And this is what a “convenience vegan” means to me. Where it’s possible and not overly burdensome to do so, I will eat vegan. Where getting a vegan meal either means driving 20 miles to the nearest Taco Bell for a plain bean burrito or finding the nearest field and grazing, I will give myself a break and go for the much-more-available vegetarian option.
Today I turn 30, so it’s a great time to reflect on what I’ve done, how far I’ve come and what I want to do moving forward
30 years ago today, aside from the first ever episode of the most popular British soap Eastenders airing, I was born.
I absolutely couldn’t care less that I’m 30. I haven’t been dreading this day, nor do I attribute any sort of aging to it, any more so than any other day. However, a “n0” birthday is a milestone that only comes along once a decade so it seems like a perfect time for some reflection.
In the last 10 years, even more has changed. In February 2005, I was in my second year at university, was single, living with my Mum in the UK and I was working for the NHS. Over the next 5 years, I would meet and fall in love with Marti, graduate from university, become a Christian, move to the States to be with her, get married 60 days later, battle 8 months of being unable to work before getting my green card, a job, my driver’s license, a car and our first apartment in the space of about 4 weeks.
Reflection on who I am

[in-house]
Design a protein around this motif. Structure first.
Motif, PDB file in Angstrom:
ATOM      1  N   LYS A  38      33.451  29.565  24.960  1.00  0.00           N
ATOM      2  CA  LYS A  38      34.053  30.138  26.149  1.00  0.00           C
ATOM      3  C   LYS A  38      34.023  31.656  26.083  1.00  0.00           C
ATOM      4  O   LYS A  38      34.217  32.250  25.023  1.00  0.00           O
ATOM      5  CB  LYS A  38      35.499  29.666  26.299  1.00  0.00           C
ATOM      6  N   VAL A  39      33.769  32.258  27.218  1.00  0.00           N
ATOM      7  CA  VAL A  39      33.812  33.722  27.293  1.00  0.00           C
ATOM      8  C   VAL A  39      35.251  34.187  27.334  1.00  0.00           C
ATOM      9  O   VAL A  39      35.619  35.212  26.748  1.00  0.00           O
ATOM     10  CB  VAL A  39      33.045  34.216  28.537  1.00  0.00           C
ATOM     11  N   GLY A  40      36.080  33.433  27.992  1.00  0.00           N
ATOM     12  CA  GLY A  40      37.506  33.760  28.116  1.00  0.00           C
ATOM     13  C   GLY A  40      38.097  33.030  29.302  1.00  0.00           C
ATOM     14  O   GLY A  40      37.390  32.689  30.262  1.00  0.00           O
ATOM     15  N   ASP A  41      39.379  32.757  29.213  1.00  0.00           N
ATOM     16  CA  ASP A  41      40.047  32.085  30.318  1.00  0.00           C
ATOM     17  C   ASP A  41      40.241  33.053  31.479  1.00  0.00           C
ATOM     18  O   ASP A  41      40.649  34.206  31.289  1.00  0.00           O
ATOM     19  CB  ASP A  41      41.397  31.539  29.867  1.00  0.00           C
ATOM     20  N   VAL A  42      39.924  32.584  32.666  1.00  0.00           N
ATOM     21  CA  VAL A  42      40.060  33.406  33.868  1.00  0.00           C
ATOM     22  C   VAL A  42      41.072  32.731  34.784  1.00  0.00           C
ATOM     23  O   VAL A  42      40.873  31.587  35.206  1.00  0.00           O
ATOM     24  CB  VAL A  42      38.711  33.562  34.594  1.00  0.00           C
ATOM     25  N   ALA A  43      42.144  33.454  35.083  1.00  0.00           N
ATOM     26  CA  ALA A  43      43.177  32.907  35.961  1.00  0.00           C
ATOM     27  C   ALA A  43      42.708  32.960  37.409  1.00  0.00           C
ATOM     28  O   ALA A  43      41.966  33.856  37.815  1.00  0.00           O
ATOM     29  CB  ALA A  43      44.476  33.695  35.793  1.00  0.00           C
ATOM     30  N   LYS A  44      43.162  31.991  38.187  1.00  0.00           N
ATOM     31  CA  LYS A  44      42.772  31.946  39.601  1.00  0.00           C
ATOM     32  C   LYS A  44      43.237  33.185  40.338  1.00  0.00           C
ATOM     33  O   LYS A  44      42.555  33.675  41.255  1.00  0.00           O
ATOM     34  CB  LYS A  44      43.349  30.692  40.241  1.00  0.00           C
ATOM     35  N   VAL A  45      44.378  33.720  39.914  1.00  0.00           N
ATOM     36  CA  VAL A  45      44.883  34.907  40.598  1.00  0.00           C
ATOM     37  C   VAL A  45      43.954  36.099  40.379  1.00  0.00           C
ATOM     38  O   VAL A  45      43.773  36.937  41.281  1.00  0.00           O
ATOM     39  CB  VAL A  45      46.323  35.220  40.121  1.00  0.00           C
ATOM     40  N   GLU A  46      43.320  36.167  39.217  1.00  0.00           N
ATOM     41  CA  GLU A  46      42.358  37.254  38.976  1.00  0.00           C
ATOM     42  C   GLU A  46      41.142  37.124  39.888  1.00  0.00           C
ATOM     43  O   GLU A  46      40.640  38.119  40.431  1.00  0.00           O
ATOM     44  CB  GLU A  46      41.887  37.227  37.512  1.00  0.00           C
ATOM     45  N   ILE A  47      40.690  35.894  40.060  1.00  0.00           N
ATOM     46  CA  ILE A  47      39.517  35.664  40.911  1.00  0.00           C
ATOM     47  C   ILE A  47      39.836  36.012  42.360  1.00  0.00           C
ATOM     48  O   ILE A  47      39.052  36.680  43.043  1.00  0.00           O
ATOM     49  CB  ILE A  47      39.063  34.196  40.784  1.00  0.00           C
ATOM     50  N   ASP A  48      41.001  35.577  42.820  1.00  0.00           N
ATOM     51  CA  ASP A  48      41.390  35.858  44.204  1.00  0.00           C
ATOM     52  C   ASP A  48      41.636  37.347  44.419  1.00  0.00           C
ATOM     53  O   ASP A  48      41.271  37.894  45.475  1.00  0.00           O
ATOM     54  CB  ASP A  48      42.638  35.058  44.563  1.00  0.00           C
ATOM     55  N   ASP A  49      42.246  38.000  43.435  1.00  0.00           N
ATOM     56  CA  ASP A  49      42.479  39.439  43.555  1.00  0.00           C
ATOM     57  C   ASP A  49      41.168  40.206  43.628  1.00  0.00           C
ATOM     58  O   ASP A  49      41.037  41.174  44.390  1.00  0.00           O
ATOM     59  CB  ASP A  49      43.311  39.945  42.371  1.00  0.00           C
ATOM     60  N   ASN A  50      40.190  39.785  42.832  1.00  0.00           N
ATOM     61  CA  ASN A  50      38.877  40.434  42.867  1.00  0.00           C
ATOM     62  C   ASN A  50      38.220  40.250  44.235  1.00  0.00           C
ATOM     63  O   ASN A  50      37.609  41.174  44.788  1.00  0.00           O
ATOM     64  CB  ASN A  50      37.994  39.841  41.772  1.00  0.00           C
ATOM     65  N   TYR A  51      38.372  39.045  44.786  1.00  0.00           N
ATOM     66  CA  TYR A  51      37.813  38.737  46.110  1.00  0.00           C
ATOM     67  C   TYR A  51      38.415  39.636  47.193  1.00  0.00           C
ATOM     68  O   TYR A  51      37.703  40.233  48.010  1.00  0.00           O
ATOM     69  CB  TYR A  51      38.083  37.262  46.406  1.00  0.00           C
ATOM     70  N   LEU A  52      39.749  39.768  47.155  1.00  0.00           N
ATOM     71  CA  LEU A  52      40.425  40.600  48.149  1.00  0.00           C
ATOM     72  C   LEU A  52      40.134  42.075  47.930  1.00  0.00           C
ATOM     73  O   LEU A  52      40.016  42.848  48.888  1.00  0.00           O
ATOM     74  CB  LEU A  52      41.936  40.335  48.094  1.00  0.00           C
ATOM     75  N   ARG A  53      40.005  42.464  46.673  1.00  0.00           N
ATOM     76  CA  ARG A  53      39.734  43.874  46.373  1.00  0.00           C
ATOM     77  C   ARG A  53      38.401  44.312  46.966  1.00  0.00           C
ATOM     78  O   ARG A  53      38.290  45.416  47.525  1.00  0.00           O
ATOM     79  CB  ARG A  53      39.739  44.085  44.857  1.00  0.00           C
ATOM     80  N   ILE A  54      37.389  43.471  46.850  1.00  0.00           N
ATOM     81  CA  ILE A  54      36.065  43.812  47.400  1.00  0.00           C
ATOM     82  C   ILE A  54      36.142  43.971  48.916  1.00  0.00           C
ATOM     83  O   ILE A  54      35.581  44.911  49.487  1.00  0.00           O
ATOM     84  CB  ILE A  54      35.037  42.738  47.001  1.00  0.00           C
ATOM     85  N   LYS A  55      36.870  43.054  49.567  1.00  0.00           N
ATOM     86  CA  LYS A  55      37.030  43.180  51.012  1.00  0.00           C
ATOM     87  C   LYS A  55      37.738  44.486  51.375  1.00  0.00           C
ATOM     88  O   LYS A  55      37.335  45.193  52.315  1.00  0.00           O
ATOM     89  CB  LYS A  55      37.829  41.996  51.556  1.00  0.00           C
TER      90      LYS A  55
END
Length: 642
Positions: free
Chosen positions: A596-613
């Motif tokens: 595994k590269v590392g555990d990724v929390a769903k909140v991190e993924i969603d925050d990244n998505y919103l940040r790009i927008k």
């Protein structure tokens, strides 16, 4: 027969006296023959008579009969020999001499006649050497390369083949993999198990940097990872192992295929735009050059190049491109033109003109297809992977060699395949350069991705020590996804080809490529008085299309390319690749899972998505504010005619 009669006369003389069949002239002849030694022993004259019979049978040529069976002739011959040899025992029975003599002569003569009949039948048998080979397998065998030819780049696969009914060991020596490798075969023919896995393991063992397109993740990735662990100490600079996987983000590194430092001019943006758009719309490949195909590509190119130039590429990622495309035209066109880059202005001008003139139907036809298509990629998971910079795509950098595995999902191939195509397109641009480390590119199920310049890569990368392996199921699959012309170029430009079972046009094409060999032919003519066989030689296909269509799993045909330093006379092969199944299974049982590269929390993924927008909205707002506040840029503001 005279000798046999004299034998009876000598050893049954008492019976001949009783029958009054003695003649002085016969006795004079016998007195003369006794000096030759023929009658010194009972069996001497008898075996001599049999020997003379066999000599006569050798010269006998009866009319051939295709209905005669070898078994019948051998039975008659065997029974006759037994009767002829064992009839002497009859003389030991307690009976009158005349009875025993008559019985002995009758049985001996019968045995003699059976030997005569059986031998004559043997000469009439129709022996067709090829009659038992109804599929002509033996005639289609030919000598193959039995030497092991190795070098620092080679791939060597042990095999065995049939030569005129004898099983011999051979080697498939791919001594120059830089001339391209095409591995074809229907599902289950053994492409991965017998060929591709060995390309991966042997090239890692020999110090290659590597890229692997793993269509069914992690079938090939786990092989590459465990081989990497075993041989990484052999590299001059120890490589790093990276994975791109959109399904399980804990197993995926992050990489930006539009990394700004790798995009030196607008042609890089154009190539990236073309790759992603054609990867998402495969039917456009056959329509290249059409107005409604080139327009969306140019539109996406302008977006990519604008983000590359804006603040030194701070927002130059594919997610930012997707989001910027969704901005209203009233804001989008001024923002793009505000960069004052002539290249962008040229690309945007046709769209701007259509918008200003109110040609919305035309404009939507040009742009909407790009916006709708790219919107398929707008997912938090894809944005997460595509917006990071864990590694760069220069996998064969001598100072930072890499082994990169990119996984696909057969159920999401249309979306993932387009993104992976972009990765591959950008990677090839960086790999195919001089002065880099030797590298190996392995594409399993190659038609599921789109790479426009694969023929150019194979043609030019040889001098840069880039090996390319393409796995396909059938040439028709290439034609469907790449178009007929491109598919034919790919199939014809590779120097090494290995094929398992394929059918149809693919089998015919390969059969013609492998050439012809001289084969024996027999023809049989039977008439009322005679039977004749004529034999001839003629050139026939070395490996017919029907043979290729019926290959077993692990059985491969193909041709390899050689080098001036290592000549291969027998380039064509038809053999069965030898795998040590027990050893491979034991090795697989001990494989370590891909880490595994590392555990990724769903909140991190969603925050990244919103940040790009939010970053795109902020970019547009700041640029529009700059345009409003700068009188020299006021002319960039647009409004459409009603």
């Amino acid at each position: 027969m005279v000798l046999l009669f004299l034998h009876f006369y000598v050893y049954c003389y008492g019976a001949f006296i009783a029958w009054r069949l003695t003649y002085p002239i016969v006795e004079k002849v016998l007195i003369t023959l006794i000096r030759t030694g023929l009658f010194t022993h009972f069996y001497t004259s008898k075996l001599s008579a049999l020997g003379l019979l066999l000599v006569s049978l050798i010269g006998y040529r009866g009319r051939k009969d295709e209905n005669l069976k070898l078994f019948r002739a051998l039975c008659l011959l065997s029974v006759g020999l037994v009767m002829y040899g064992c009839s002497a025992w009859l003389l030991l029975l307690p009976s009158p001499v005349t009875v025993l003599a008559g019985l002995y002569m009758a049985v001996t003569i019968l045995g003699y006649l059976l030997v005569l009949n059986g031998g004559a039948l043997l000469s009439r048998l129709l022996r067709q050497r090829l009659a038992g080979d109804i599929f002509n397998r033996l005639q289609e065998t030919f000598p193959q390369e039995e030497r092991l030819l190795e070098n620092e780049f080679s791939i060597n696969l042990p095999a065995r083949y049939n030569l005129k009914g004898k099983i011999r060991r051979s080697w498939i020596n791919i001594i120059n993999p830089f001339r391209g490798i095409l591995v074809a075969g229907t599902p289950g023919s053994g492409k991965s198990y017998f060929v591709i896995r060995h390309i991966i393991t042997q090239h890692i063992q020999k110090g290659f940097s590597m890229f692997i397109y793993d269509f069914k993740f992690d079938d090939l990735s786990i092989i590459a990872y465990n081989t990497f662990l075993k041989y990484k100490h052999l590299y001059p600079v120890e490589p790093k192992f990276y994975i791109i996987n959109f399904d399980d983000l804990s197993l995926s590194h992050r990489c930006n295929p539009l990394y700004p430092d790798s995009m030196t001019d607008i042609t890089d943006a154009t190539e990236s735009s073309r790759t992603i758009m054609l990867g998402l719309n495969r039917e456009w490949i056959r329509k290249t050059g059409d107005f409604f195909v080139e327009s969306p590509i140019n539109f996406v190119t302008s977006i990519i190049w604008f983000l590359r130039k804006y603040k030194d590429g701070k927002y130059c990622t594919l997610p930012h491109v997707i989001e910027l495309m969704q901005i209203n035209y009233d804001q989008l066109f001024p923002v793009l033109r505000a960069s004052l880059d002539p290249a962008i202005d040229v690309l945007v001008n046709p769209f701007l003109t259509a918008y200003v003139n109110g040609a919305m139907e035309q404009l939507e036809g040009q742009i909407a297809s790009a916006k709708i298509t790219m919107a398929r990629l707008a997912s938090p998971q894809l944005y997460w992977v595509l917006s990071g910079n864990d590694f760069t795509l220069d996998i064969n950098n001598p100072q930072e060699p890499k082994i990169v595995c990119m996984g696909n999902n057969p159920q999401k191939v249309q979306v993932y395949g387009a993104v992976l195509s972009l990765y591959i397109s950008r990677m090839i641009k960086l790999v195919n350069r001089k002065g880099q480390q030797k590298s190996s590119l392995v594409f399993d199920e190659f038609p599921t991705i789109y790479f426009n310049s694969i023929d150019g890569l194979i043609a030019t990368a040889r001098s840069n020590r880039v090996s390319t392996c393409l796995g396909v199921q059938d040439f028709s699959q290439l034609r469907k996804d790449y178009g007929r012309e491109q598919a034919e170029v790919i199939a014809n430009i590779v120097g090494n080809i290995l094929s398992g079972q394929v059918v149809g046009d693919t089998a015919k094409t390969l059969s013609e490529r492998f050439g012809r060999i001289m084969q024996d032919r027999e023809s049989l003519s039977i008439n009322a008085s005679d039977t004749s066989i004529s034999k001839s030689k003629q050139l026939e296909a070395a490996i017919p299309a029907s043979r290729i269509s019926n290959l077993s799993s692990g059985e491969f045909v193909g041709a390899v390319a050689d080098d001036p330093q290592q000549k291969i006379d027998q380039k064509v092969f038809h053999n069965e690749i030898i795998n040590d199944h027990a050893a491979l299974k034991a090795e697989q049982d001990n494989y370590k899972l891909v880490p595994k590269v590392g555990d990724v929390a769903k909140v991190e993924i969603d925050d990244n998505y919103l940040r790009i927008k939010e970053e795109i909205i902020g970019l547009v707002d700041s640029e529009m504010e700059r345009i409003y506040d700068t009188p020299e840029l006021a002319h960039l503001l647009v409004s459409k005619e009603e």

As I think about the man I am today, where I’ve come from and the boy I used to be, I’ve noticed quite a few specific observations about how I’ve changed in particular and more general observations about how we as humans mature (or don’t).
Marti has been vegan for about 3 and a half years now, and while I was initially reluctant, within a couple of months, we had gone completely vegan at home. While Marti is more of an ethical vegan (that is, one who chooses not to consume animal products because of how animals are treated, and thus, doesn’t use leather or any other animal-derived material, whether food or not), after doing more research into the matter, I started to become more convinced of the health benefits of a “plant-strong” diet (dietary vegan) and tried to limit my intake of meat as much as possible.
While trying to put a meal together recently, I was looking for some inspiration, and I came up with the idea of putting together a list of staple ingredients that we try to maintain in our house and I was surprised at just how much variety there really was.
Seeing it in this form makes it easy to scan the list and come up with some ideas for meals, so I thought it would be useful to share.